Seafood sector unprepared for Food Safety Modernization Act, trade experts warn

Trade experts speak on a panel at the 2024 Seafood Expo Global in Barcelona, Spain
Trade experts speak on a panel at the 2024 Seafood Expo Global in Barcelona, Spain | Photo by Nathan Strout/SeafoodSource
6 Min

Trade experts warn that the U.S. seafood industry is not ready to comply with traceability requirements in the Food Safety Modernization Act (FSMA), which are set to go into effect in 2026.

Passed in 2011, the FSMA represented a major overhaul of America’s food safety laws that gave regulatory agencies more tools and authority to ensure food products adhere to rigorous standards. Of particular concern for the U.S. seafood industry, which relies heavily on imports, is Rule 204, which increases food traceability requirements.

Currently, the government plans to begin enforcing the law fully in less than two years.

At the 2024 Seafood Expo Global in Barcelona, Spain, which took place from 23 to 25 April, trade experts raised a caveat that the seafood industry was largely unprepared for the law's implementation. In fact, many companies simply don’t believe the legislation will go into effect, despite guidance from the Food and Drug Administration, Trace Register President Heath England said during the “Regulatory Pitfalls and Traceability Requirements for Exporting Seafood Into the U.S. Market: What You Need to Know” panel. Trace Register provides supply chain traceability guidance to seafood suppliers.

“There are some people running around going, ‘Well, the law will get repealed or something can change.’ There is a very slim chance that enforcement date might get moved, and I certainly wouldn’t count on it because they’ve given us quite a lot of time,” England said. “It’s important to understand: This is already law."

England said seafood producers are misguided when they tell him they expect their brokers to deal with it.

“There’s information that a manufacturer or a producer must generate and keep if they wish to do business in the U.S. [under FSMA],” England said.

Specifically, all seafood products covered by the law will have traceability lock codes (TLCs) assigned at initial harvest, documenting their origins. Those codes can only be changed when the product is transformed.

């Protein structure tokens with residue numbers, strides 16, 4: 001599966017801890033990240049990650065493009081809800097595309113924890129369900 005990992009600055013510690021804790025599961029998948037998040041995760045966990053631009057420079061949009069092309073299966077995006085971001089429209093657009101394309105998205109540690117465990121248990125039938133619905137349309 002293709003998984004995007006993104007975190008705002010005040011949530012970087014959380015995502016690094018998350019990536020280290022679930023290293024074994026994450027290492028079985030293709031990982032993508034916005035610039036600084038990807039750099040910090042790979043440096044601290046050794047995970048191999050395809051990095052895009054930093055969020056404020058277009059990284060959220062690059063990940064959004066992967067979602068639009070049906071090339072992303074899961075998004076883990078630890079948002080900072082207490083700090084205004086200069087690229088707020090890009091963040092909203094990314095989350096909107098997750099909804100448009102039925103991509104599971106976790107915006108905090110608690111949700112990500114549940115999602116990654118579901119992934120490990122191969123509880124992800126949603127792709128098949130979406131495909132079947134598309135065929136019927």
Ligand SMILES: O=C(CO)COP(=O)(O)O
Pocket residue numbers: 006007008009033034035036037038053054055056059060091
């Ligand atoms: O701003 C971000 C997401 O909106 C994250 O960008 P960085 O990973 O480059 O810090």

“The whole purpose of this scheme was so that if you have a product and know the TLC, you can jump all the way back to the producer,” England said. “Immediately, you know where it came from and what it was.”

The FSMA extends traceability requirements to many businesses that didn’t need to be involved in the process before. The act is possession-based, not ownership-based, England said, meaning the traceability information needs to come from wherever the physical product is located.

That could pose a big challenge to logistics services, according to England. While transportation is exempt, businesses such as third-party cold storage providers will need to keep the TLCs of products in their facilities – something they don’t have to do now.

In mid-April 2024, Trace Register announced a partnership with ReposiTrak to provide compliance services for Rule 204 traceability. The two companies will now share data, allowing seafood suppliers to easily pass on FDA-required data to retailers and wholesalers. ReposiTrak has a network of 30,000 companies, including 1,000 seafood suppliers.

“FSMA 204 compliance is possible without the need for new work – or rework – in our already taxed supply chains,” ReposiTrak Chairman and CEO Randy Fields said in a statement. “The ReposiTrak traceability network translates and organizes the data in the same way for seafood as it does for other FSMA 204 categories like produce and deli, providing the retailer or wholesaler with the same trusted transparency across the board.”

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